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You are already over the limits for a 16" o.c. 2x6 span by almost 2 ft.for a max 30 lbf/ft live load (the minimum allowed) floor. Definately add a sturdy girder of at least double 2x10's under the exsisting and support it in at least three places. Nail the girder together with 3 16d nails vertically every 16" or so on both sides. Get 3/4 ply or osb and glue and nail it to the 2x6 joists over the 1/2". Use 5-6 8d ring shank nails per 4' row. This should solve the trampoline effect on your floor. --dave

aquarium
about
saw
and
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No shortage of opinions here, and here's mine. What you have is a real nice trampoline; boing! boing! boing! Sounds like you had Darwin for an architect; 2X6 joists with 12 foot span overhanging a river.
I agree with a couple of the others, put a beam of 3 ply's of 2X8's down the middle and sheath the entire floor with 3/4 ply with glue and screws (T&G would be too costly and less structurally sound, i.e. a joint ever 2.5 to 6 inches.) 1/2" ply is not fit to walk on, much less place a heavy machine on.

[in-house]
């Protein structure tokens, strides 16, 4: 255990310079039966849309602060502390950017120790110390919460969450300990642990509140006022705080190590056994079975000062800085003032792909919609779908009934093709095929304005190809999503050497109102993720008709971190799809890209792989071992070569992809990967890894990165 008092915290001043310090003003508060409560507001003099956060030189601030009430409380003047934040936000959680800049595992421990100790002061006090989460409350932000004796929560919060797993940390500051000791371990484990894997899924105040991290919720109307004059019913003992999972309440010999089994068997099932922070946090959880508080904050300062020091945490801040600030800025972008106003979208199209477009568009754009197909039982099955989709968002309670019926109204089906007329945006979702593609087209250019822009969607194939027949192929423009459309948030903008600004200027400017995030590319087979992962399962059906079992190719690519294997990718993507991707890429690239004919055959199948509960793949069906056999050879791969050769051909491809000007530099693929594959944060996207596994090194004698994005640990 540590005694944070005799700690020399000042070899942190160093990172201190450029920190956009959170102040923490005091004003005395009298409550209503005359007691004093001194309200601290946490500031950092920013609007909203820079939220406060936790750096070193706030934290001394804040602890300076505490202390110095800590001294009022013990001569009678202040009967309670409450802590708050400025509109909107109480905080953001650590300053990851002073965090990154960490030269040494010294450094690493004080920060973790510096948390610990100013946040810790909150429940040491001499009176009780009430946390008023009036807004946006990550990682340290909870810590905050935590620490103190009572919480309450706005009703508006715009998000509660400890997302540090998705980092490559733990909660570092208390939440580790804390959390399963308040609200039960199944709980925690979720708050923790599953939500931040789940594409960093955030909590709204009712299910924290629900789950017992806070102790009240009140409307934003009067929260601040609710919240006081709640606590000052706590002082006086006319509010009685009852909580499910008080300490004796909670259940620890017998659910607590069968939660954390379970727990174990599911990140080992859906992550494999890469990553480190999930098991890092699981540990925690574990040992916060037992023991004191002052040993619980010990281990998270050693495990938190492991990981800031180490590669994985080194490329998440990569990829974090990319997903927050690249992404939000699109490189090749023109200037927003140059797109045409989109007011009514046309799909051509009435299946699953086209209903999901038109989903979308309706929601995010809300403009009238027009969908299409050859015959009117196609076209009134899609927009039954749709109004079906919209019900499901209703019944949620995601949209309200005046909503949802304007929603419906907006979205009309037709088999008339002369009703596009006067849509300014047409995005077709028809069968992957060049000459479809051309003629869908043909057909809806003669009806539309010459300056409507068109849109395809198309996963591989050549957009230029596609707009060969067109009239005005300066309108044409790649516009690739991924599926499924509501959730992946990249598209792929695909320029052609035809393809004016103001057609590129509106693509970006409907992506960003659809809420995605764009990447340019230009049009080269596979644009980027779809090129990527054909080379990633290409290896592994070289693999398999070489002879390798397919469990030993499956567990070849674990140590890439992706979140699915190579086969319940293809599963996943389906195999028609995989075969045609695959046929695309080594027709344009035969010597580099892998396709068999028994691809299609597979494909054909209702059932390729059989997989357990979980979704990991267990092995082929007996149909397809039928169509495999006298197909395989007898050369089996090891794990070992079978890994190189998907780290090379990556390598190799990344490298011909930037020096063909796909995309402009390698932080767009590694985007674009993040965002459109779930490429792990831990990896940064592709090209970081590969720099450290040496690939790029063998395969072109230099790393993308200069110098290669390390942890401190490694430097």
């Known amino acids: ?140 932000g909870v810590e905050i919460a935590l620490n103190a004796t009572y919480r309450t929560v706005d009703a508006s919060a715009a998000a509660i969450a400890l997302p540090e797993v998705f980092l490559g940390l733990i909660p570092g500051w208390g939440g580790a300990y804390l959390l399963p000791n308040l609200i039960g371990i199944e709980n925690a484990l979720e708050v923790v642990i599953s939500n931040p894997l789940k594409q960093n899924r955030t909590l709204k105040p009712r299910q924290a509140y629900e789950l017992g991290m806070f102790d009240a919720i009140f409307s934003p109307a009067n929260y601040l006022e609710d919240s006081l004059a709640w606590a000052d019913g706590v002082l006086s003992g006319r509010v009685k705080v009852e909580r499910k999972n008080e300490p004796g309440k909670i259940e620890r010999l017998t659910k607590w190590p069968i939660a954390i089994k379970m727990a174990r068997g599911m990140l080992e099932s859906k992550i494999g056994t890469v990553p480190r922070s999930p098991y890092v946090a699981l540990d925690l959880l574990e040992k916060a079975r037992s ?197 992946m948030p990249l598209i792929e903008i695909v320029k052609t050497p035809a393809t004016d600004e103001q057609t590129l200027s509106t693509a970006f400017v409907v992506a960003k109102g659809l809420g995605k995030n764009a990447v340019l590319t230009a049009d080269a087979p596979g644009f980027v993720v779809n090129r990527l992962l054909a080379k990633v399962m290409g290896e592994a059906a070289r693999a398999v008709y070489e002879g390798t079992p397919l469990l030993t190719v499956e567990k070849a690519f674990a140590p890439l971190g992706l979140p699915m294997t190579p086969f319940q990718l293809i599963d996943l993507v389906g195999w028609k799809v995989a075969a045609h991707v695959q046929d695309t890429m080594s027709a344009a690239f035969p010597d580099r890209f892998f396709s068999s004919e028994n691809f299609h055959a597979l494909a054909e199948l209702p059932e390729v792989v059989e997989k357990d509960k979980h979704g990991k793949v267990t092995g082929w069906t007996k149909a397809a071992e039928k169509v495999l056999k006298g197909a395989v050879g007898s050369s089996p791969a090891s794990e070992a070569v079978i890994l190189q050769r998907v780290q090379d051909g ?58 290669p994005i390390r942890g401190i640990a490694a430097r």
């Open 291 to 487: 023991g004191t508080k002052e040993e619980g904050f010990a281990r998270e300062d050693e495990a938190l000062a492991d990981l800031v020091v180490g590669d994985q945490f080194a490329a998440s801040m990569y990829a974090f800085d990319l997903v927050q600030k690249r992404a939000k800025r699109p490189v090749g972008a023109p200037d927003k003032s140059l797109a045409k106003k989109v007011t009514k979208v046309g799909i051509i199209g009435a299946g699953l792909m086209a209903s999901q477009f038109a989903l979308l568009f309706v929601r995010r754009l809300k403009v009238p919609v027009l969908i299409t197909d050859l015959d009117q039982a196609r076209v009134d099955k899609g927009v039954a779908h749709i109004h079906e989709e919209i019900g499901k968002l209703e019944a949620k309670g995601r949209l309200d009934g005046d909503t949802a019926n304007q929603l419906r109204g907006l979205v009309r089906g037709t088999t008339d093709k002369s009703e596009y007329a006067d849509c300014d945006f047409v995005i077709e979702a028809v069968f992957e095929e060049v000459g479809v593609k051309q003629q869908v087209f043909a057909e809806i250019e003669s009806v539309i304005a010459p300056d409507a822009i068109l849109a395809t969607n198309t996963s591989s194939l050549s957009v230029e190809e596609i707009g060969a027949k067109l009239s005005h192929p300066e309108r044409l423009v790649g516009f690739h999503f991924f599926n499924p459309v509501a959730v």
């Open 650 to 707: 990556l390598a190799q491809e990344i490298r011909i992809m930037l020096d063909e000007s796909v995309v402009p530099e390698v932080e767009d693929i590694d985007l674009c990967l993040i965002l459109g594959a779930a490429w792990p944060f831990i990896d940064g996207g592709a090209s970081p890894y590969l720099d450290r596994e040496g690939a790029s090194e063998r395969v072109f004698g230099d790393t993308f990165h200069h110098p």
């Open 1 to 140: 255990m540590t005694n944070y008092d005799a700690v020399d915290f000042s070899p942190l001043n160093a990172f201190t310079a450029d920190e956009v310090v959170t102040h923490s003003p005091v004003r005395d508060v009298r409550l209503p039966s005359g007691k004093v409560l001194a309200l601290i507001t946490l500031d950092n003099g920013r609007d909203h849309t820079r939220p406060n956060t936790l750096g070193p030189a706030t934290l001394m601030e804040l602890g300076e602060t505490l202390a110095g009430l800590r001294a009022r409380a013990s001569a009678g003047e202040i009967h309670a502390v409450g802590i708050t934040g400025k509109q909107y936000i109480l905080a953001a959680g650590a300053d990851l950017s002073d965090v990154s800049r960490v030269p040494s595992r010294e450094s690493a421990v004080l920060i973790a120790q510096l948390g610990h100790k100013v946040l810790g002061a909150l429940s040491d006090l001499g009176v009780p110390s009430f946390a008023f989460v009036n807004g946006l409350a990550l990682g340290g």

Gary
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nice
the
6
about half way down that beam to support it.
=================================| | | | <--- 6X6 post | | | | | | | |
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Gary responds:

T&G plywood isn't much more costly than straight sanded. It forms a better floor than butt jointed.
Charlie Self "Bore, n.: A person who talks when you wish him to listen." Ambrose Bierce, The Devil's Dictionary
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the
6
Yeah, that's the stuff I mean, 3/4" T&G plywood. In fact, I think its called Sturdi-floor. You said "Then come back with 3/4" T&G flooring" which I read to be solid wood "flooring". Looks like we're in sync now.